For example, Kieran and I spent literally seconds developing this zingy new strapline for Radix:

Radix: Story at the Speed of Fucking Powerful

Like it.

But if old ways of writing and new ways of writing are now equally clichéd, how can anyone hope to “stand out” and “cut through the noise”, I hear you ask.

Good question.

When compiling the table we did manage to identify a few words that we don’t think have yet – yet! – become clichés.

We’ve helpfully arranged these not-yet-clichés along the bottom row, from where you may pluck them for use in your next blog or email.

If we open our inboxes tomorrow to find a hundred promo emails inviting us to check out your fierce dramaturgy or become a bare-knuckle productivity seraph, we’ll know the game’s up.

Have we missed your favourite cliché? Let us know in the comments.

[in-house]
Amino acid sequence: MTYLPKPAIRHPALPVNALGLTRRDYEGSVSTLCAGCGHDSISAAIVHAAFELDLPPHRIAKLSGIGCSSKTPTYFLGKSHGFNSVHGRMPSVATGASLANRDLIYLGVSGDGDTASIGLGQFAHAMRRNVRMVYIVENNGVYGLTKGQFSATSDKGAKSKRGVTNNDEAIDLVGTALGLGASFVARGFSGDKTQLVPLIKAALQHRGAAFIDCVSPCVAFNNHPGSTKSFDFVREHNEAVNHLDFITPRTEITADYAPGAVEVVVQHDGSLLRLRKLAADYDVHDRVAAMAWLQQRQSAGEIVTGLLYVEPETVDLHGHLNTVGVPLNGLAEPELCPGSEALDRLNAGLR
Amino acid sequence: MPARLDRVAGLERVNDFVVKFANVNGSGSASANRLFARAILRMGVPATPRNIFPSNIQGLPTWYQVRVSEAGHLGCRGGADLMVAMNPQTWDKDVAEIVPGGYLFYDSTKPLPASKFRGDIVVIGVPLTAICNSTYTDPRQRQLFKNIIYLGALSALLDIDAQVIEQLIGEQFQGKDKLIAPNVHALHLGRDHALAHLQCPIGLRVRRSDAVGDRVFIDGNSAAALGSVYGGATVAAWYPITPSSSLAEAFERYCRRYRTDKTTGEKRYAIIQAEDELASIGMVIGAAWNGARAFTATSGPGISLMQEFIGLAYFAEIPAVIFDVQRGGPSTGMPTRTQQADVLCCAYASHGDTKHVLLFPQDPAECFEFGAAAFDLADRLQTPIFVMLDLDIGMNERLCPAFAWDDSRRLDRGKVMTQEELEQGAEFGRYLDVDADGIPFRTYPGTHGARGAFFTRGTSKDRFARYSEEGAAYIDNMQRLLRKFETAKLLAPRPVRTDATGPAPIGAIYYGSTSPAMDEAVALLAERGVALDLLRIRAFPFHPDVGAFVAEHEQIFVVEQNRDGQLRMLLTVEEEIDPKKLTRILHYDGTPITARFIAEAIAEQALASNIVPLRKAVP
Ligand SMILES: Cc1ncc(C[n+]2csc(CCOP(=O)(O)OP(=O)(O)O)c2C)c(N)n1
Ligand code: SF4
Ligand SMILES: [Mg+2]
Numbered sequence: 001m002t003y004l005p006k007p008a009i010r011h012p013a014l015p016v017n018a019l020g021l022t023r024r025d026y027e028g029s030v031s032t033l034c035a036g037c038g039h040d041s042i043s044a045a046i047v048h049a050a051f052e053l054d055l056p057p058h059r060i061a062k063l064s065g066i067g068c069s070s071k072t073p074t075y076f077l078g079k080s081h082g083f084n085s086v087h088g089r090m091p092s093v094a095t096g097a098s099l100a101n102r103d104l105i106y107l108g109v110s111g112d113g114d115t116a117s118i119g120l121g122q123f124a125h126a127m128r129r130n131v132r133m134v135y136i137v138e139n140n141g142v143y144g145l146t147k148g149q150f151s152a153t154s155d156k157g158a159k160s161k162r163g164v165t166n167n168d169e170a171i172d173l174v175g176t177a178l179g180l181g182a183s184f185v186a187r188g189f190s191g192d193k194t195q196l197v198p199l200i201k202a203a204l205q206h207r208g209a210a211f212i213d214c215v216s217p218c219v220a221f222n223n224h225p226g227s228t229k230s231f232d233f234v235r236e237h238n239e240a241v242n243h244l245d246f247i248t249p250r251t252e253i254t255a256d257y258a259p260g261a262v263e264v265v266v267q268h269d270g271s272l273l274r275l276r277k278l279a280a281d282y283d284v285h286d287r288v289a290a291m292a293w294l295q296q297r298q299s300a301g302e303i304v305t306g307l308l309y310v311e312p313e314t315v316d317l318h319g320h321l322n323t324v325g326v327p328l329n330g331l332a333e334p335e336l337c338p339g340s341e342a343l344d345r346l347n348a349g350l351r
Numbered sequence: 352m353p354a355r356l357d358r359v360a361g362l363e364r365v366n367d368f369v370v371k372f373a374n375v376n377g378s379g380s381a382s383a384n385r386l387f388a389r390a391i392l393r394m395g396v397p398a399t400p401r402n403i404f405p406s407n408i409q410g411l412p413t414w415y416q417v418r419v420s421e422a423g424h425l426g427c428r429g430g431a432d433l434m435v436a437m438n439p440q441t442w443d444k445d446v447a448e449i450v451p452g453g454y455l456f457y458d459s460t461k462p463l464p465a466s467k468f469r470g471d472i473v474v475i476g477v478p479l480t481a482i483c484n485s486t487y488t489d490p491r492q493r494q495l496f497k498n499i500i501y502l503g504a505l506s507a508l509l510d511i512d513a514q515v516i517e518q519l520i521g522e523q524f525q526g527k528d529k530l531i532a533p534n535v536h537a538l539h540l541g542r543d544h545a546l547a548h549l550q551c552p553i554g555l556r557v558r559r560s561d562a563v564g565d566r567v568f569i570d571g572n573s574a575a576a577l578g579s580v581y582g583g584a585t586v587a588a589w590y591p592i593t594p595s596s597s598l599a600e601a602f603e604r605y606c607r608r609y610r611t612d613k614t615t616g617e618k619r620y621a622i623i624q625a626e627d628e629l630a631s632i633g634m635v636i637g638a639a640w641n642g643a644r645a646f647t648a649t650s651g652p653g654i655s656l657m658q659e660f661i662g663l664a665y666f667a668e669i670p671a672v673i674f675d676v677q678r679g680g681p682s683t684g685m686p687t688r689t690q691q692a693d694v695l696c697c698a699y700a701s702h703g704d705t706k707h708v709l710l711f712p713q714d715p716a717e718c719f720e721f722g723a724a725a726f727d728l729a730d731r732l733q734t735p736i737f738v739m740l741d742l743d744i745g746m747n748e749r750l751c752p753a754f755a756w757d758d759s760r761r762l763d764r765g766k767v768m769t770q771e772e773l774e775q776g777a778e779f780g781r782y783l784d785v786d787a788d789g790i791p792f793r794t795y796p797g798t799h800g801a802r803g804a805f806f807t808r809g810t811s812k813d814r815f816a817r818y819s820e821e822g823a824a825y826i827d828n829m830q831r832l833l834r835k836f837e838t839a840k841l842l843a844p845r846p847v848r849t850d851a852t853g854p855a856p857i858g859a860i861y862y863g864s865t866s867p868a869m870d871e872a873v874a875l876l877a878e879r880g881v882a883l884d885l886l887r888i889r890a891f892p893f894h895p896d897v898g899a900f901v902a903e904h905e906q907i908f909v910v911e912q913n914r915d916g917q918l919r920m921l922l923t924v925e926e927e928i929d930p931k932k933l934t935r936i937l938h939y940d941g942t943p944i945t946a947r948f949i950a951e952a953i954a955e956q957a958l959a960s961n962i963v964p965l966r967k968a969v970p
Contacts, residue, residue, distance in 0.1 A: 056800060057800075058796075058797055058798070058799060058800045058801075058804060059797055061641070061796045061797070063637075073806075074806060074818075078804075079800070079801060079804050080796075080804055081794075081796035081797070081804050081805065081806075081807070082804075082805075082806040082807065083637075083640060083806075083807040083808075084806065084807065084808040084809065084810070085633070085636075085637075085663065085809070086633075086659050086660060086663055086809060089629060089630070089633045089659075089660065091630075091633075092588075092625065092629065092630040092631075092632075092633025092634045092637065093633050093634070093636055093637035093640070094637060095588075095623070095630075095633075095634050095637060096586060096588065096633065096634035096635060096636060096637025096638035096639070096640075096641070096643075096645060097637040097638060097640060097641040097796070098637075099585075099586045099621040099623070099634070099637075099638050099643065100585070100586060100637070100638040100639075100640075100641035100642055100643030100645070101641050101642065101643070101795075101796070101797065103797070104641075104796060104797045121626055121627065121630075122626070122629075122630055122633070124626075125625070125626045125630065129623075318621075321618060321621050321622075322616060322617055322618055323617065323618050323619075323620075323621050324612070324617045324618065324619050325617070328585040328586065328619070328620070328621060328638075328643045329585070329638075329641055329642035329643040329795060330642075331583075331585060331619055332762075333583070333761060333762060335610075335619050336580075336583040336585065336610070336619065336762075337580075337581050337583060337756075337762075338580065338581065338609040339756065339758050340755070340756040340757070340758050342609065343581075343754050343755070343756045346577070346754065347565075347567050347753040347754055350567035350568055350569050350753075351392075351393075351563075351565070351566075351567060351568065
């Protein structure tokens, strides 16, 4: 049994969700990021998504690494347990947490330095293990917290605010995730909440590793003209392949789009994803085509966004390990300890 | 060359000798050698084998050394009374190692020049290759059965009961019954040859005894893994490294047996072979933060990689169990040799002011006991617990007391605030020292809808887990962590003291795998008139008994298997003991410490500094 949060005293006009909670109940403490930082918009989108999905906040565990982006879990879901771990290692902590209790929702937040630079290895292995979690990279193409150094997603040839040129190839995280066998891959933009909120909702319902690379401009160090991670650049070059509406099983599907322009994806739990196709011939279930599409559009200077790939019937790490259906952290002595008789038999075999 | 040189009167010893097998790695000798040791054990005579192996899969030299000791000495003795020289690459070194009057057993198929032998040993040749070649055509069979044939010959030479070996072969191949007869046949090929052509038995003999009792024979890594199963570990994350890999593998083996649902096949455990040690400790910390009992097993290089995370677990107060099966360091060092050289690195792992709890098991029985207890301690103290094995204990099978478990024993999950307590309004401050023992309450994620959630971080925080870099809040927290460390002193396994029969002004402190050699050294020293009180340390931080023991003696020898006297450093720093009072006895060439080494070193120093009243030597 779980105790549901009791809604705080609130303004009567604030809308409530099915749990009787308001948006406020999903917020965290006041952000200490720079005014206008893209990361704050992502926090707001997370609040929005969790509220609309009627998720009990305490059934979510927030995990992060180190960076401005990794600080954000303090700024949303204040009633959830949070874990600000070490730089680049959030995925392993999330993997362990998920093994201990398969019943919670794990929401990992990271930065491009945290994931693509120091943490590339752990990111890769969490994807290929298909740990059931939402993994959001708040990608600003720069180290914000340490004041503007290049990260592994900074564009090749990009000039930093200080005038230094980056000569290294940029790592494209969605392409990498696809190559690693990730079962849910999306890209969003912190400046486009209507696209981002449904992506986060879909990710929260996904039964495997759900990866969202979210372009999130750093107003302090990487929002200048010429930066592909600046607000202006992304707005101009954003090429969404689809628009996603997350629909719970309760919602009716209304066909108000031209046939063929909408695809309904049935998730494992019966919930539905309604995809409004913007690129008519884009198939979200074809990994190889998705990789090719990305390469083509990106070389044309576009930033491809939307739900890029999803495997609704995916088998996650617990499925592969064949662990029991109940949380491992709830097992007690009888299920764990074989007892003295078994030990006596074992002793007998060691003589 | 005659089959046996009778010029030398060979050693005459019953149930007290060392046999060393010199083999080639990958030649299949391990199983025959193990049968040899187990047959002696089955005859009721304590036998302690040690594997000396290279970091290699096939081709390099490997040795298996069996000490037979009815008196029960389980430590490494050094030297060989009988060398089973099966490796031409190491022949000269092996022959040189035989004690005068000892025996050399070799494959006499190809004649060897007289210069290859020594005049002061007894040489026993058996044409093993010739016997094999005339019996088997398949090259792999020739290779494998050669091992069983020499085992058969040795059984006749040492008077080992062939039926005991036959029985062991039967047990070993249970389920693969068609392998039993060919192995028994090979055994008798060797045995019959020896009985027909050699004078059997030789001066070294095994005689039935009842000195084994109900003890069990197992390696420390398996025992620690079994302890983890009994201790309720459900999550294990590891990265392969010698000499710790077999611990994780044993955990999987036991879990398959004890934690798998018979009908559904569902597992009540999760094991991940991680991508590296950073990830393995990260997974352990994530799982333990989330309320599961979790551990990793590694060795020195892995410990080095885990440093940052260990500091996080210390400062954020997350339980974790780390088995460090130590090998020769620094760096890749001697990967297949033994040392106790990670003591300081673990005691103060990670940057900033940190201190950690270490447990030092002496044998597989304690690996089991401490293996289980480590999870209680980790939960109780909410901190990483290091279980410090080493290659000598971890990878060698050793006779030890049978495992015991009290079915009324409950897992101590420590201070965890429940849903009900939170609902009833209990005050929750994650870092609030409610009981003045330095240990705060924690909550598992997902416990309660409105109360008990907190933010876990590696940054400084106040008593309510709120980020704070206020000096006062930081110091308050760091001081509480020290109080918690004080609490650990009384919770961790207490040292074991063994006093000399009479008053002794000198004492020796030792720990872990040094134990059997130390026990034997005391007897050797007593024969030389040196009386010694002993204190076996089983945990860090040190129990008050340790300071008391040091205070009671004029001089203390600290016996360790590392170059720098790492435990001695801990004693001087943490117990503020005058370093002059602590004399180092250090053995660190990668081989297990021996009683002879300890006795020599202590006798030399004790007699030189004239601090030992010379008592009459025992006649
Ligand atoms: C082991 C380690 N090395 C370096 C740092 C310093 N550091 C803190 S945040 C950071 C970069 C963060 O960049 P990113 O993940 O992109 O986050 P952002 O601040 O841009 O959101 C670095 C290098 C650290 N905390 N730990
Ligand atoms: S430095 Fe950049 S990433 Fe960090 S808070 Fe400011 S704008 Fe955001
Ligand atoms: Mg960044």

UPDATE: For more cliché joy, I recommend the following:

Pro Copywriters Network: The Copywriting Hype Cycle – Lungfish’s David McGuire on how a perfectly good word becomes a B2B cliché.

Stein IAS: 101 Clichés – Images can be just as clichéd as words, and Stein IAS feels so strongly about it, they’ve created an entire site dedicated to stamping out lazy B2B artwork. Raw props to you, Stein IAS.

Thanks to everyone who contributed to the table, including Matt, Kieran, Steve, John, George, Emily, and our badass copywriter bros Rod Hirsch and David McGuire. And extra kudos to our fierce Illustrator sensei Emily for conceptualising the table and making it an actual real thing.

Creative Commons License
The Periodic Table of B2B marketng clichés by Radix Communications Ltd is licensed under a Creative Commons Attribution-NoDerivatives 4.0 International License.

Fiona Campbell-Howes

Our founder and original managing director, Fiona was responsible for the strategic and day-to-day management of Radix, as well as working on many client writing projects. She brought long experience of marketing in the tech industry, during which time she worked with many global IT brands, including Adobe, CA, IBM and Oracle.